Oklahoma lawmakers return for tough session


Monday, February 5th 2001, 12:00 am
By: News On 6


OKLAHOMA CITY (AP) -- Gov. Frank Keating on Monday called on the 2001 Legislature to "think legacy" and pass a program of economic reform that is headed by a dramatic income tax-cut plan.

Keating was interrupted by applause several times, but twice drew a roar of boos from unions members who packed the House gallery when he mentioned the need for a right-to-work law.

The House and Senate heard Keating's 6th State-of-State speech in a joint session after convening at noon for a session that will be highlighted by the drawing of legislative and congressional boundaries. Lawmakers must adjourn by May 25.

Perhaps the biggest applause was when Keating introduced Bob Stoops, coach of the national championship Oklahoma football team, as a symbol of Oklahoma's excellence in athletics.

"If we can we can do it in athletics, we can do it in economic development," he said.

"OU can win a national championship, and we can get our Congressman back, provided we do it together, provided we step aside from partisanship and commit ourselves to uplifting Oklahoma, making ourselves a rich, prosperous, safe and smarter state."

Keating warned he would veto any redistricting plan that tries to create a partisan advantage. "We will not gerrymander Oklahoma in 2001," he said.

The Republican governor said his program is designed to increase the state's population and "get our congressman back." Oklahoma's congressional delegation will drop from six to five in two years because the state's population did not grow as much as other states.

"Today we have one overriding goal -- to make Oklahoma so prosperous, so attractive, so energetic, so reform-minded, so desirable for business location, for peoples and companies that we reclaim our congressional seat in 2011 and add one more," he said.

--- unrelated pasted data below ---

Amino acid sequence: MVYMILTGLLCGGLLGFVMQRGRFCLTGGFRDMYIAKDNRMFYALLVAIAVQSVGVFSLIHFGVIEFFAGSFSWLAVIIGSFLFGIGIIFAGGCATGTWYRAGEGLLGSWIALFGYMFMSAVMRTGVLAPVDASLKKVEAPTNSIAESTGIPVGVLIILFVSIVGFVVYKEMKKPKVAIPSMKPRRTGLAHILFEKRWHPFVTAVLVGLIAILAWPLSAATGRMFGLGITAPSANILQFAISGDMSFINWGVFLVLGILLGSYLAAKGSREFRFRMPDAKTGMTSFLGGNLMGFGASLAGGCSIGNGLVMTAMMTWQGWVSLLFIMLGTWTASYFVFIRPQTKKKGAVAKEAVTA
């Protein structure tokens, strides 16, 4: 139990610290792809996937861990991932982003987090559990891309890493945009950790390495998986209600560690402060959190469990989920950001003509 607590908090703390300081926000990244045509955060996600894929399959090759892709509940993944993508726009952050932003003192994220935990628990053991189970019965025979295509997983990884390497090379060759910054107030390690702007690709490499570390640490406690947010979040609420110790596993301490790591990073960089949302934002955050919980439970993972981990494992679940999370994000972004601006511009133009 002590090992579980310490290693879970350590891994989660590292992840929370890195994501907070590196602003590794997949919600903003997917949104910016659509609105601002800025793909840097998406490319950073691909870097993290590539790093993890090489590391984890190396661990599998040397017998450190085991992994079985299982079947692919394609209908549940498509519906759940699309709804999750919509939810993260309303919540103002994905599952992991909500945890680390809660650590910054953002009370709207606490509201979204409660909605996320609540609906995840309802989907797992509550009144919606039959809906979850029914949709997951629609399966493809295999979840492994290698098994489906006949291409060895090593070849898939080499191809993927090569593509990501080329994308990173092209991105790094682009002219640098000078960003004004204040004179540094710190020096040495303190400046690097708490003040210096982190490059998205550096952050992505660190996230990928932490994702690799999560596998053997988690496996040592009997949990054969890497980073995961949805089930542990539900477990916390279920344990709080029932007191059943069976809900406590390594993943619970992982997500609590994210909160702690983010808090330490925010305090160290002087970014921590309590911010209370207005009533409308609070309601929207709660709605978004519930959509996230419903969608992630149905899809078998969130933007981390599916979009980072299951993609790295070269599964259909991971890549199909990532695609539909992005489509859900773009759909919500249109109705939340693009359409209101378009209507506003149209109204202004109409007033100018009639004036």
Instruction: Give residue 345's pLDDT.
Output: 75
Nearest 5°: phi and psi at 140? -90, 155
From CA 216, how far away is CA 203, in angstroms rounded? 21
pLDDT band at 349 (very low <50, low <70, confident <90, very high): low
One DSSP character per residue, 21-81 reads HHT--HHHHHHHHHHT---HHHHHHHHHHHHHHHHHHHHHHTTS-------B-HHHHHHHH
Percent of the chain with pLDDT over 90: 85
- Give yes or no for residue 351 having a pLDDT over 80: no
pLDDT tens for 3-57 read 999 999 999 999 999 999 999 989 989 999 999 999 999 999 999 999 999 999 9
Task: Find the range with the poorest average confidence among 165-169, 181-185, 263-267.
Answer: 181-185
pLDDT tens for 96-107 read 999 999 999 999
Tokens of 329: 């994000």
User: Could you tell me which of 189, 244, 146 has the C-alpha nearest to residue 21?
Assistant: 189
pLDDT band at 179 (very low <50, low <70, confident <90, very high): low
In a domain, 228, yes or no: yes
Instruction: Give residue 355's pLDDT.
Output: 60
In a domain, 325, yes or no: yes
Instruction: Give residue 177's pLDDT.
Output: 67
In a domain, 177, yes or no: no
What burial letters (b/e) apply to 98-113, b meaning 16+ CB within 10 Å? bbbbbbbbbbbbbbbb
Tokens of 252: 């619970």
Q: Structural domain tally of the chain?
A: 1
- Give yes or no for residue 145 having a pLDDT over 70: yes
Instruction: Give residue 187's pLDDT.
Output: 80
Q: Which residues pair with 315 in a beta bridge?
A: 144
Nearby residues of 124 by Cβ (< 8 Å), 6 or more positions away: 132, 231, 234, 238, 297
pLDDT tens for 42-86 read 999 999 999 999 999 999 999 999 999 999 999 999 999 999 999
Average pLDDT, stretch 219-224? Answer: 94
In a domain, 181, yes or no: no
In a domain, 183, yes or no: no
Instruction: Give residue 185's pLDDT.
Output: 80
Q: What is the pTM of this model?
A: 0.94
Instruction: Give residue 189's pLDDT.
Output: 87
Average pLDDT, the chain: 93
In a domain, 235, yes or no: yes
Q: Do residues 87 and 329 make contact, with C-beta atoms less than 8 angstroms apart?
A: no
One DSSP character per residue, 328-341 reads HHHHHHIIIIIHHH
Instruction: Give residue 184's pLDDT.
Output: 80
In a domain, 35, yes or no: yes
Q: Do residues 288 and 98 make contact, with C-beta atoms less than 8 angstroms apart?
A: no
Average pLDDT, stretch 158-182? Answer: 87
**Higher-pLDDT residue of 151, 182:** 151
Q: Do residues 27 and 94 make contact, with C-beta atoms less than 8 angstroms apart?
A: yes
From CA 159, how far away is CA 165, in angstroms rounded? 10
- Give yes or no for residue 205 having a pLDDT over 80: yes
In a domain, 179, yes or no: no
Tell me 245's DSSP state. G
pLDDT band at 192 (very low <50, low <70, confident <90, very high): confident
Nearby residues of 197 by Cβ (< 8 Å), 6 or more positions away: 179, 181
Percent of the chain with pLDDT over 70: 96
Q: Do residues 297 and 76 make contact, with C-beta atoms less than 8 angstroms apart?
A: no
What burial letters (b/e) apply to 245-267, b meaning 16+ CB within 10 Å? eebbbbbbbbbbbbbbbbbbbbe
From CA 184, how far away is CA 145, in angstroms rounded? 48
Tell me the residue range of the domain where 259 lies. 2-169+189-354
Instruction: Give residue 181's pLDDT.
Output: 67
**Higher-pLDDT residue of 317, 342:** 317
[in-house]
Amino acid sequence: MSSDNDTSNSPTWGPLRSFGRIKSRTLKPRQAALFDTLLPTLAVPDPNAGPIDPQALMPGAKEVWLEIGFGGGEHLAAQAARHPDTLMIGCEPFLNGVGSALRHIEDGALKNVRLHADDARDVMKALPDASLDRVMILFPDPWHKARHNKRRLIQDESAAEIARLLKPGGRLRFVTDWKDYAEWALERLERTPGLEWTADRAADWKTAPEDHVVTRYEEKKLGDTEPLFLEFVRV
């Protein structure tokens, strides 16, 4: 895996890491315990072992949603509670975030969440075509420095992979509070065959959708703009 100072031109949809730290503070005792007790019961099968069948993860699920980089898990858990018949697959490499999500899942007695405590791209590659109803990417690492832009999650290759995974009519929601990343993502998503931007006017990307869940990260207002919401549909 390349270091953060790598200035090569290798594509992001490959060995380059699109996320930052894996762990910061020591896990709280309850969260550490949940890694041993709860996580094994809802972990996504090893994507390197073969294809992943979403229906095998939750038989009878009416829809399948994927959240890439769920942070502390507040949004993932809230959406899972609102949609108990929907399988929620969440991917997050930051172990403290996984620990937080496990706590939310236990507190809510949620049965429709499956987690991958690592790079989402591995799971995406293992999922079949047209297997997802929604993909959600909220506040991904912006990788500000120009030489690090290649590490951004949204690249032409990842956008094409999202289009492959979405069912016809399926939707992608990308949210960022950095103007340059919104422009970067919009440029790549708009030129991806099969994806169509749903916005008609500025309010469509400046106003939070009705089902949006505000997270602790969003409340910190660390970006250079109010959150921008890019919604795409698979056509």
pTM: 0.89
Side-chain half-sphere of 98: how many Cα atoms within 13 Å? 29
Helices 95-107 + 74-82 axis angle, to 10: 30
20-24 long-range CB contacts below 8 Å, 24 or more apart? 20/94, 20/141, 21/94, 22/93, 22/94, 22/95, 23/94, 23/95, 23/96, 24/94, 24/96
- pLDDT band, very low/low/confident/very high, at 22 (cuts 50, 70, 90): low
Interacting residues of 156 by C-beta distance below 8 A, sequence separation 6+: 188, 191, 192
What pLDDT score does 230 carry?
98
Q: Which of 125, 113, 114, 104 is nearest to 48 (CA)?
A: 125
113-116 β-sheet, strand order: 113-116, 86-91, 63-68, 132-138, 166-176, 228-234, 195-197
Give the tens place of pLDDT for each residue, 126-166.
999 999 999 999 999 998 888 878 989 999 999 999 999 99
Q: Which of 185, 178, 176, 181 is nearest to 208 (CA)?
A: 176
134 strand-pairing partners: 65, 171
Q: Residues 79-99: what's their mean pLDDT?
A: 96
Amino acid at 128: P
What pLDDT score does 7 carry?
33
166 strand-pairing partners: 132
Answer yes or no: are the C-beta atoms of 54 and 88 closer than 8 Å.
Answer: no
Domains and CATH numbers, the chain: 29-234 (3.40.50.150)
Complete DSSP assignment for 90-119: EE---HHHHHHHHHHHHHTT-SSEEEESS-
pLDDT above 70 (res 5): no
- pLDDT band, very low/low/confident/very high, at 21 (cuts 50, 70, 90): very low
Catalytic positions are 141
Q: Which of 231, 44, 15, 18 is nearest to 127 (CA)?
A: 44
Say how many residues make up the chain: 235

Taking note that term limits will soon kick in, Keating called on lawmakers to set aside partisanship and do something for their individual legacy.

"We must think Oklahoma. We must think legacy," he said.

For the second year in a row, Keating called for abolishing the state Workers Compensation Court and going to an administrative system.

Keating proposed a tax package that includes a one-half percent income tax cut as part of a six-year program to cut the 6.75 percent tax to 3.75 percent. The tax plan would cost $50 million the first year.

"Oklahoma's current high marginal rate of 6.75 percent is a scandal," he said.

The Republican governor's $5.6 billion budget calls for budget cuts of 1 percent to 2 percent for most state agencies to finance his tax cuts, a $100 million education package and other programs.

He proposed to spend all of the $78 million available for appropriation from the state's Constitutional Rainy Day Fund.

Spared from the proposed budget-cutting were school classrooms, uniformed law enforcement personnel, mental health and veterans.

Keating was twice booed when he cited a need to pass right-to-work. At one point, Republican partisans stood up to cheer in an effort to drown out the boos of union members, many wearing T-shirts declaring that "right to work is a rip off."

Keating has pushed in vain for right to work in the past. He now says he is confident the Legislature will send the issue to a statewide vote.

Last week, he announced an education program that provides for block grants to improving schools.

He also called for $3,000 pay raises for correctional officers in a bid to solve a staffing problem at state prisons.

Rep. Larry Adair, D-Stilwell, faces a balancing act in his first year as speaker. He replaces Rep. Loyd Benson, D-Frederick, who served two terms.

The House has a new look, with 53 Democrats and 48 Republicans.

Republicans picked up eight seats in the November general election and are ready to flex their new legislative muscle.

Sen. Stratton Taylor, D-Claremore, returns as president pro tempore of the Senate.

Rep. Fred Morgan, R-Oklahoma City, is back as minority leader of the House. The Senate has new minority leader -- Sen. Jim Dunlap, R-Bartlesville.

Legislators already have started to work on solving a budget puzzle.

They have about $300 million in new money to spend, but face more than $200 million in obligations, counting bond debt payments and pay raises authorized a year ago.

Legislators will be able to dip into the constitutional Rainy Day Fund for $78.8 million if Keating goes along, which he has in recent years.